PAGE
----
Buying muni bond funds offers an inexpensive technique to diversify

Purchased directly, muni bonds often require a minimum investment of $25,000-$50,000 apiece, making it difficult to diversify holdings. Owning shares of funds solves this problem, and investors can diversify further by utilizing multiple funds.

Opened-ended funds sell shares directly on an ongoing basis. But CEFs sell all their shares up front — once, and so they’re done. Investors who need to get in after a CEF initially sells all its shares must buy on the secondary market, through brokers. CEFs’ captive, static capital is unaffected by inflows and outflows, which may roil open-ended funds.

Much of this 12 months’s selling of muni CEFs has been motivated by ill-timed opportunism amongst impatient investors searching for to position for rising yields. One other factor driving selling has been fear stirred by ubiquitous headlines concerning the bear stock market, inflation and expectations of near-term recession.

Eventually, the present discount will narrow because share prices are more likely to come back into alignment with net asset values. Historically, they at all times have, eventually.

Listed below are three key points for investors to bear in mind:

  1. It’s generally higher to own muni funds somewhat than bonds themselves, even in case your portfolio is large enough to justify this. Typically, the very best bond offerings are snapped up by institutional buyers, including fund managers, as soon as they hit the market. The remainders available to individuals are less desirable, with lower yields, higher prices relative to credit quality and fewer liquidity, making them tougher to purchase and sell. Funds normally give investors exposure to raised bonds.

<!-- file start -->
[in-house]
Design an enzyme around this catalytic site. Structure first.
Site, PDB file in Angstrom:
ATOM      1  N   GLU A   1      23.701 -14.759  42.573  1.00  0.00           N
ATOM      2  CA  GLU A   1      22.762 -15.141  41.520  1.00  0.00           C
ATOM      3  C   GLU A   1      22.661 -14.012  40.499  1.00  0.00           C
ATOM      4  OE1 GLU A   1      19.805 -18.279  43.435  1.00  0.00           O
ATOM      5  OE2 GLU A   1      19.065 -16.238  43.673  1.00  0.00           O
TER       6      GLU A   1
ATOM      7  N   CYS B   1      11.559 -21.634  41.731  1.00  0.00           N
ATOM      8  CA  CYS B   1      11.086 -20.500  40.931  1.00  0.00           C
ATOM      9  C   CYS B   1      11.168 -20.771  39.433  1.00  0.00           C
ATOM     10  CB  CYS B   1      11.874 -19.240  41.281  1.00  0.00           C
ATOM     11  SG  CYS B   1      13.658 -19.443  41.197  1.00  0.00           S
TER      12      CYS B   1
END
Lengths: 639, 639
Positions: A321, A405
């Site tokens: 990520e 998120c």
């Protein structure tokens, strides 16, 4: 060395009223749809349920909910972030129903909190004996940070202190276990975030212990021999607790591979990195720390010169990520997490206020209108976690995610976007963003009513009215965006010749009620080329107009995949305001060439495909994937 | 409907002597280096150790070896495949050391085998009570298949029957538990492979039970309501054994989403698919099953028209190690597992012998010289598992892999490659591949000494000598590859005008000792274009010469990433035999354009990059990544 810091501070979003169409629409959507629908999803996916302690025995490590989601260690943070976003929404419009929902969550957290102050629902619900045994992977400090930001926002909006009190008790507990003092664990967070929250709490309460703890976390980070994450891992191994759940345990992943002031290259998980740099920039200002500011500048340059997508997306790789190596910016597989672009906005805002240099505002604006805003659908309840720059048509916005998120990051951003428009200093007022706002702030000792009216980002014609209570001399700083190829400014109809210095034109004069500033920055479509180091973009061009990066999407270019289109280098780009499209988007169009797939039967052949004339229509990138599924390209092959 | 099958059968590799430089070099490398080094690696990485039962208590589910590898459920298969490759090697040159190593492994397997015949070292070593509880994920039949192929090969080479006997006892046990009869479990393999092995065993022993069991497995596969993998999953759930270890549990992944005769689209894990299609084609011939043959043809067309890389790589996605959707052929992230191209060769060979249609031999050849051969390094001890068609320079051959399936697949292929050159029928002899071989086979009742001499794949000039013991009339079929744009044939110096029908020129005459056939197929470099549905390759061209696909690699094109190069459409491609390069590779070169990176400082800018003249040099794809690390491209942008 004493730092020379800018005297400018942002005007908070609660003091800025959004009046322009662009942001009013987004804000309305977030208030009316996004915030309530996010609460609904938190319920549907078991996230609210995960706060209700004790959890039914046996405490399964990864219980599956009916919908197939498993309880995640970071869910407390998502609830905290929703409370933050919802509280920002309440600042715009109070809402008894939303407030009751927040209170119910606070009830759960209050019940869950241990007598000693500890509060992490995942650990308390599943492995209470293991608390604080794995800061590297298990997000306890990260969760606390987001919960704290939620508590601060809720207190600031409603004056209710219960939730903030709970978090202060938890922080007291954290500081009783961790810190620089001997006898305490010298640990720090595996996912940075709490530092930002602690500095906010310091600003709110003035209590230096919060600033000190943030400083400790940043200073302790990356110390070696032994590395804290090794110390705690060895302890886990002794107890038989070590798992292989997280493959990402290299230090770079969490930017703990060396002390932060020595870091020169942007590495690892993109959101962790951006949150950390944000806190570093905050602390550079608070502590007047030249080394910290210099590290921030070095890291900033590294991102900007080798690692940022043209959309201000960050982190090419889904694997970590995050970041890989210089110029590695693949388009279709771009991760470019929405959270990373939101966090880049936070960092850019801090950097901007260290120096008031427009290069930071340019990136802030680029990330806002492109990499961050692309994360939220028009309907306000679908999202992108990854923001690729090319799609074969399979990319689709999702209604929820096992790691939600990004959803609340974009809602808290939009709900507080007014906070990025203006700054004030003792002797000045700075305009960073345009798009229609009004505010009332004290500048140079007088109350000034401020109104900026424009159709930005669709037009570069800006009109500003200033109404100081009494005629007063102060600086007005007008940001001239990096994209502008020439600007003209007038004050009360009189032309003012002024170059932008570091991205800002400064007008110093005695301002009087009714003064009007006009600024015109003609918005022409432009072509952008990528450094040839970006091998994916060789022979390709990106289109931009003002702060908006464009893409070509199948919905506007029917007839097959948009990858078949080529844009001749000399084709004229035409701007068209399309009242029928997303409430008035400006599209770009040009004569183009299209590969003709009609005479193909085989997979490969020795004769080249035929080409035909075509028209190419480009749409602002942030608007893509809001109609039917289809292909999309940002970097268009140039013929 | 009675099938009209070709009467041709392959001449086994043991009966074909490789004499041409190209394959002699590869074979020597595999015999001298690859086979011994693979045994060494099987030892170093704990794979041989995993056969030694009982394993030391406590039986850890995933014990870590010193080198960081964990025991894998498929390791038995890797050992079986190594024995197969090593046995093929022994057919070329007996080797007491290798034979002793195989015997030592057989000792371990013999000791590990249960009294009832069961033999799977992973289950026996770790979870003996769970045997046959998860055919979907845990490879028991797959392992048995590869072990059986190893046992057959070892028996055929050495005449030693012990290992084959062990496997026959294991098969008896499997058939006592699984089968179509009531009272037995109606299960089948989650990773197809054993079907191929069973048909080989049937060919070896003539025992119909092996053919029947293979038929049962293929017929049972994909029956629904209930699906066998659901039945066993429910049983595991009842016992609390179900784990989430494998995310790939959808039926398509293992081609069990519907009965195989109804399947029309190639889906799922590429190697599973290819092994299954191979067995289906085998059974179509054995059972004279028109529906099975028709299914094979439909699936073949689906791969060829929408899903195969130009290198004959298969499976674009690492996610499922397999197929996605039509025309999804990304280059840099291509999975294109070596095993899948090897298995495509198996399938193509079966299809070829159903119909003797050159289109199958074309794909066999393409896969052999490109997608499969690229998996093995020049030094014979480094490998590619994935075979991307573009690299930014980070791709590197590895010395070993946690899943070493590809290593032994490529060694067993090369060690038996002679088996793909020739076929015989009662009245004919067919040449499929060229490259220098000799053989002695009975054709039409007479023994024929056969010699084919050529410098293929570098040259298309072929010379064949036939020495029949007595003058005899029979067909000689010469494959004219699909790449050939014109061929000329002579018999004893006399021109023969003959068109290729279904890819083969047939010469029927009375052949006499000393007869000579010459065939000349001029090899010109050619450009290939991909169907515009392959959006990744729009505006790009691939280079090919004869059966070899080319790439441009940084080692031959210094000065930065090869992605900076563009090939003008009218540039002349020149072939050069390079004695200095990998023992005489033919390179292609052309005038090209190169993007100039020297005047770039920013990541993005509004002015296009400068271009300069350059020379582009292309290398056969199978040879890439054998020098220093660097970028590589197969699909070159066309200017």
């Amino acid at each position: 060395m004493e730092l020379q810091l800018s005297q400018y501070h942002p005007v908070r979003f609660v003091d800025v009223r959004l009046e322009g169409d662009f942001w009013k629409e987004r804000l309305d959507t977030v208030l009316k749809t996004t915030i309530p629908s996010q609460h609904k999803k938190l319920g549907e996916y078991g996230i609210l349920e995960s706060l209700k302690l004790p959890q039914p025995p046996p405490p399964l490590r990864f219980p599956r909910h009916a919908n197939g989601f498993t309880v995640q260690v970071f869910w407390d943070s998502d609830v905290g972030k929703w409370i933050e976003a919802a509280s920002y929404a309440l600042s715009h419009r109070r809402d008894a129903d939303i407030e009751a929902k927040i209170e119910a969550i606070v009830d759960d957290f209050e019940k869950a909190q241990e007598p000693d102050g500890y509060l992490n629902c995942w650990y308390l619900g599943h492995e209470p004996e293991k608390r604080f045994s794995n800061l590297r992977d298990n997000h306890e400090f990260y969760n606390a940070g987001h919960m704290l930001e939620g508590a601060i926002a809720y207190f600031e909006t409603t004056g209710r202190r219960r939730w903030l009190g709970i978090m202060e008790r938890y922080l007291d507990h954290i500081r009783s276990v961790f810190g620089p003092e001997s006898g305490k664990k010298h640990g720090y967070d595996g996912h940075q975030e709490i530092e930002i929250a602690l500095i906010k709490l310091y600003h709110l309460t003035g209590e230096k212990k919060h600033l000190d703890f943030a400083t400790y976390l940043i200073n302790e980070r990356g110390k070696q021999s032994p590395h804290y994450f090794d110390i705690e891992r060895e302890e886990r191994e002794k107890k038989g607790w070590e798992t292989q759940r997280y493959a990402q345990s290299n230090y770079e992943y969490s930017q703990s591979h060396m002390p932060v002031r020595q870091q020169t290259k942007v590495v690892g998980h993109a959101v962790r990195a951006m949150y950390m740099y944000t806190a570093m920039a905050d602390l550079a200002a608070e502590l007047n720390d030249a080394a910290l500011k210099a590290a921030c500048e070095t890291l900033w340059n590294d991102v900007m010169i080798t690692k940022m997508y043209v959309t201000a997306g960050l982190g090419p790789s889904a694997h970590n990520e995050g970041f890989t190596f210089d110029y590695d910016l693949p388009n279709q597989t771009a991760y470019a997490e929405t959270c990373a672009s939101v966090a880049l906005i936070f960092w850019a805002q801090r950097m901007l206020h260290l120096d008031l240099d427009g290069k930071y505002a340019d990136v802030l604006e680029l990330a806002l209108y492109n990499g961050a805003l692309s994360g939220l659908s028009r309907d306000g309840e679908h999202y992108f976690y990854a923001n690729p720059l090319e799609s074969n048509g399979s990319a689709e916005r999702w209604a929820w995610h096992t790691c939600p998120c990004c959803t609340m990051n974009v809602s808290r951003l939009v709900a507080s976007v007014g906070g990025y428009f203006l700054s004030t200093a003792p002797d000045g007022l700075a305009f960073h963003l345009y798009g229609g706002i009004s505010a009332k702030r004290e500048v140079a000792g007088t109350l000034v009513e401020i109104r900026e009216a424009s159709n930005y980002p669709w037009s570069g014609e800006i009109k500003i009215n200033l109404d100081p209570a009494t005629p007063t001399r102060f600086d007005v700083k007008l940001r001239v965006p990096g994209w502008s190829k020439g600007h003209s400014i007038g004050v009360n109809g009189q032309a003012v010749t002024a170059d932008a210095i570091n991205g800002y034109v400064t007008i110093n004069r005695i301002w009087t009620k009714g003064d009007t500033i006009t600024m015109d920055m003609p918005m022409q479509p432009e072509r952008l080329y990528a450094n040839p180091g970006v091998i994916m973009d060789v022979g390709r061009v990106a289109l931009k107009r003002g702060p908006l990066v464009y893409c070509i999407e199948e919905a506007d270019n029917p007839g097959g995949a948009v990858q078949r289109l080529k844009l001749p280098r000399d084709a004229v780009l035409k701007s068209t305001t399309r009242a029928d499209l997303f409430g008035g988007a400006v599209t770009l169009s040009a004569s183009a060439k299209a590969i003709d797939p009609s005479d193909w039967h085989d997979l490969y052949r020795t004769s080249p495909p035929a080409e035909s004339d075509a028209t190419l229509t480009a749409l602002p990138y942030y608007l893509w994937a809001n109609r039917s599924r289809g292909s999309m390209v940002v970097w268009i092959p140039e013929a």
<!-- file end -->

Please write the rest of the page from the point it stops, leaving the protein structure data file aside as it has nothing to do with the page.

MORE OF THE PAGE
2. Buying closed-end municipal bond funds is not a panacea for risk management, so go in together with your eyes wide open. It’s an excellent idea to research the credit rankings of the bond issues these funds hold, the quantity of leverage used and, in fact, risk and performance rankings. Many investors deal with yield but overlook credit quality and find yourself owning funds that underperform in the long term.
  3. Pay attention to funds’ expenses and leverage. As with all investment fund, one reason some CEFs pay higher yields than others could also be that their expense ratios are lower or their leverage is higher.

Yields of nearly all bonds are rising but are still quite low historically, and net yields after inflation remain well below zero. For investors on the lookout for a higher-yielding alternative, muni bond CEFs could also be an excellent place to park some money for some time to gather yield while positioning for potential gain when the discount window closes.

— By David Sheaff Gilreath, certified financial planner, and partner and CIO of Sheaff Brock Investment Advisors and institutional asset manager Modern Portfolios.